Articles Posted in Spinal Cord Injuries

A prank involving a portable toilet led to tragic consequences when the victim of the prank suffered permanent paralysis. His lawsuit named the two pranksters as defendants, as well as the company that provided the portable toilet and its manufacturer. While the claims against the pranksters, who are the plaintiff’s cousins-in-law, are most likely based on general negligence theories, the claims against the portable toilet companies are based on products liability. The plaintiff claimed that the companies failed to provide equipment to secure the unit to the ground, and installed it in an unsafe location. These made it more likely for the toilet to tip over. The defendants recently agreed to settle the claim for $5 million.

The plaintiff was on a fishing and camping trip with his two relatives in the area of Sullivan County, Pennsylvania. While the plaintiff was using a portable toilet, his relatives backed their truck up to its door, intending to lock him in as a prank. However, they accidentally knocked the toilet over by bumping into it with the truck. The toilet tipped over, causing the plaintiff to fall on his head and fracture his cervical spine in several places. He underwent surgery at a hospital in Philadelphia and spent several weeks at a rehabilitation hospital, but is now paralyzed from the shoulders down.

The plaintiff and his wife sued the two cousins-in-law, the company that provided the portable toilet, and the portable toilet manufacturer. They claimed that the two companies were liable for several acts of negligence. The toilet was installed on a slope with only some pieces of wood to keep it upright, making it more prone to tipping over and unsafe for use. They claimed the manufacturer failed to provide metal spikes used to anchor the toilet in the ground, even though that model of toilet had holes in the base specifically for that purpose. The parties reached a settlement in early February 2014, in which the plaintiff will receive $5 million. It is not clear how that amount will be apportioned between the defendants.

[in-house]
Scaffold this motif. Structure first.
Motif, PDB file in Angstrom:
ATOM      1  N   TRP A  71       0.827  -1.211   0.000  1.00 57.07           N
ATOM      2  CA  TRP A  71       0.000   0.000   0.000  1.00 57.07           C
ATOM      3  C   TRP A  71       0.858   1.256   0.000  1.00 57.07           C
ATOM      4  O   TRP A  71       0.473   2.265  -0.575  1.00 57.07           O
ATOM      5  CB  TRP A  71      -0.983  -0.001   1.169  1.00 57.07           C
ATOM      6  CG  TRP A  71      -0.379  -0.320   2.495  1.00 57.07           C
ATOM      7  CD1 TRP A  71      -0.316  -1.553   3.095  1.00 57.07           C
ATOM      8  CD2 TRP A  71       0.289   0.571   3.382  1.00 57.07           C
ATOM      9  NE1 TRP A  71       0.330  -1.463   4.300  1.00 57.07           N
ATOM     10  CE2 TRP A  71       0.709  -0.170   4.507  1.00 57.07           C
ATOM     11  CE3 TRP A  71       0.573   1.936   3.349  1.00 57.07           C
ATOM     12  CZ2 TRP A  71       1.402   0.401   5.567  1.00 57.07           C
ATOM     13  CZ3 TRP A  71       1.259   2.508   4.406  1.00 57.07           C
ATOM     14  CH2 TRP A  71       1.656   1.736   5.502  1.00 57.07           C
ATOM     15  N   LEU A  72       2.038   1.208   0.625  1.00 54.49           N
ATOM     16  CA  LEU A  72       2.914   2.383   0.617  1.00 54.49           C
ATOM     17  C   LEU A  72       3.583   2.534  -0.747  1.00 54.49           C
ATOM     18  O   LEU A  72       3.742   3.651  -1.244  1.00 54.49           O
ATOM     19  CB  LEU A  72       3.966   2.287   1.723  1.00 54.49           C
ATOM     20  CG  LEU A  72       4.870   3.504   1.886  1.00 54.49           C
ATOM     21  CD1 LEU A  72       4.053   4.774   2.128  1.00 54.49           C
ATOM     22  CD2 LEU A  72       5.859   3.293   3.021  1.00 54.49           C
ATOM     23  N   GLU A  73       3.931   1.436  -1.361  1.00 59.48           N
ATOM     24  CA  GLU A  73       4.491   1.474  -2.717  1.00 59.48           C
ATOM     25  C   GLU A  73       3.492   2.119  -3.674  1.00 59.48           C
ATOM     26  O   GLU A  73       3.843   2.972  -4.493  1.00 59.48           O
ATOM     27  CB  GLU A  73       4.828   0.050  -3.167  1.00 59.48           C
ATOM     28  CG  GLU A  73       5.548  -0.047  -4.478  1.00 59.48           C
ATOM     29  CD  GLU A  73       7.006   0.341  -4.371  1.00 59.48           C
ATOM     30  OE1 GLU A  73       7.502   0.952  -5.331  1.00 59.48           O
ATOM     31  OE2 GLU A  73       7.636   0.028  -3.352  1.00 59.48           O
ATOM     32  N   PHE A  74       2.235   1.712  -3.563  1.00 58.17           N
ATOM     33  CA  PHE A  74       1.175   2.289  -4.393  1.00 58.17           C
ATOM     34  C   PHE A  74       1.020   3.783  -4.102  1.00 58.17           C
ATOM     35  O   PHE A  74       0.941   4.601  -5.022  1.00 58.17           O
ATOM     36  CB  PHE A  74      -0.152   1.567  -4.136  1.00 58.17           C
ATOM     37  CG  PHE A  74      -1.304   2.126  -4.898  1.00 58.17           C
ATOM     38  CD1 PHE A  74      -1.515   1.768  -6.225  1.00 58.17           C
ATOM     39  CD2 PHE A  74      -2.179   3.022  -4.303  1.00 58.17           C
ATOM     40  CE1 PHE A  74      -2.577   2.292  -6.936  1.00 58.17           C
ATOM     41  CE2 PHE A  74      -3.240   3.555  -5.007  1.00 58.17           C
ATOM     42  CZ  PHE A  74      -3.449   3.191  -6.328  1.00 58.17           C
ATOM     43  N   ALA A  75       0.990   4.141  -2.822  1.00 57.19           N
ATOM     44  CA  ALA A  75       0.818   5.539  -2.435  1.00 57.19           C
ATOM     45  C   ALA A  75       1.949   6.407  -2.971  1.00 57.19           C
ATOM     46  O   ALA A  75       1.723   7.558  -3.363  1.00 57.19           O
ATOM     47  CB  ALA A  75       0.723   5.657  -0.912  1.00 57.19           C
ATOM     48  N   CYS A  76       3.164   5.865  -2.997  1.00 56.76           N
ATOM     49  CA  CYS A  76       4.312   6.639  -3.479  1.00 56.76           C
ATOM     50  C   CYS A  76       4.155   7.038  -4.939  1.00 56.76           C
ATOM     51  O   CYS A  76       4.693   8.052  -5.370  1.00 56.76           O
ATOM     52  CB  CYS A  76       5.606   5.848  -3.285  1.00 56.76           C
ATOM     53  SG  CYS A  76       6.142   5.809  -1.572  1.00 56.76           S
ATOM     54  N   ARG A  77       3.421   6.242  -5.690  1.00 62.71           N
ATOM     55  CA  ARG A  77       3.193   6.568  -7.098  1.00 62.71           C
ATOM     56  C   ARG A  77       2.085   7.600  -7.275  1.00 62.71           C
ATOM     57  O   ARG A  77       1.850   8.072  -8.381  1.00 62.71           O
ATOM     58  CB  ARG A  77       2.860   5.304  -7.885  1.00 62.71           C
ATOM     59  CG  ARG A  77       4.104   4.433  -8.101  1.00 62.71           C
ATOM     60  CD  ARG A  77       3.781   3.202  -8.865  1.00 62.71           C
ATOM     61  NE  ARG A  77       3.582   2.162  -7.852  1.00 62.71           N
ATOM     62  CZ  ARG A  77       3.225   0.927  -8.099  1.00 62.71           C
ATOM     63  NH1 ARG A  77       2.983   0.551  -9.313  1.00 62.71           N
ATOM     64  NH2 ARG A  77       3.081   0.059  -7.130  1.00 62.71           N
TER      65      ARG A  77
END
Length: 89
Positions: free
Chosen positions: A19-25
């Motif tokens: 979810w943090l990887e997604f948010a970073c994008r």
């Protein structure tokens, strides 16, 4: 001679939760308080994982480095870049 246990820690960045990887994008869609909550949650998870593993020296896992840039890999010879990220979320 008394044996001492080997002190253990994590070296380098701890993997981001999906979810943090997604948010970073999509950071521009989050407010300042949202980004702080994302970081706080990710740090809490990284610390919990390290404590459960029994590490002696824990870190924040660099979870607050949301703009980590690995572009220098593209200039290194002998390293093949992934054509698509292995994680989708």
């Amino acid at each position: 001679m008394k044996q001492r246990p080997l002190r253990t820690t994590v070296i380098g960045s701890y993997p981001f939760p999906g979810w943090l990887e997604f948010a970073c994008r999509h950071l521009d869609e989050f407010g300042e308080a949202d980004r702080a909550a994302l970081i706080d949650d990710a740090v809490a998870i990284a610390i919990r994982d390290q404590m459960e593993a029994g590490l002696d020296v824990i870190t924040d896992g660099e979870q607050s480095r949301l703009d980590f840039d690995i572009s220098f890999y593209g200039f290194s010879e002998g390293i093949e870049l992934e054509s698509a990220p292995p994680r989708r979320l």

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Recreational trampolines, particularly the kind found in backyards, pose a serious risk of injury to children, according to a paper published by the American Academy of Pediatrics (AAP) this month. The AAP has long advocated against the recreational use of trampolines, citing the high risk of fractures, spinal cord injuries, and traumatic brain injuries. Other medical associations and the federal government have also noted the hazards of trampolines.

Trampoline use in the home environment remains a popular activity for children and teenagers, despite repeated warnings from the AAP and other groups. The Council on Sports Medicine and Fitness, part of the AAP, reported on the risks of trampoline use in the October issue of the AAP’s official journal, Pediatrics. It estimates that around 100,000 trampoline-related injuries occur every year, and that in every year since 2005, they have been responsible for three to four thousand hospitalizations and deaths. This actually represents a decrease in the annual injury rate, which reportedly peaked at the same time as trampoline sales in 2004. The American Academy of Orthopaedic Surgeons (AAOS) has also noted a direct correlation between the popularity of recreational trampolines and injury rates.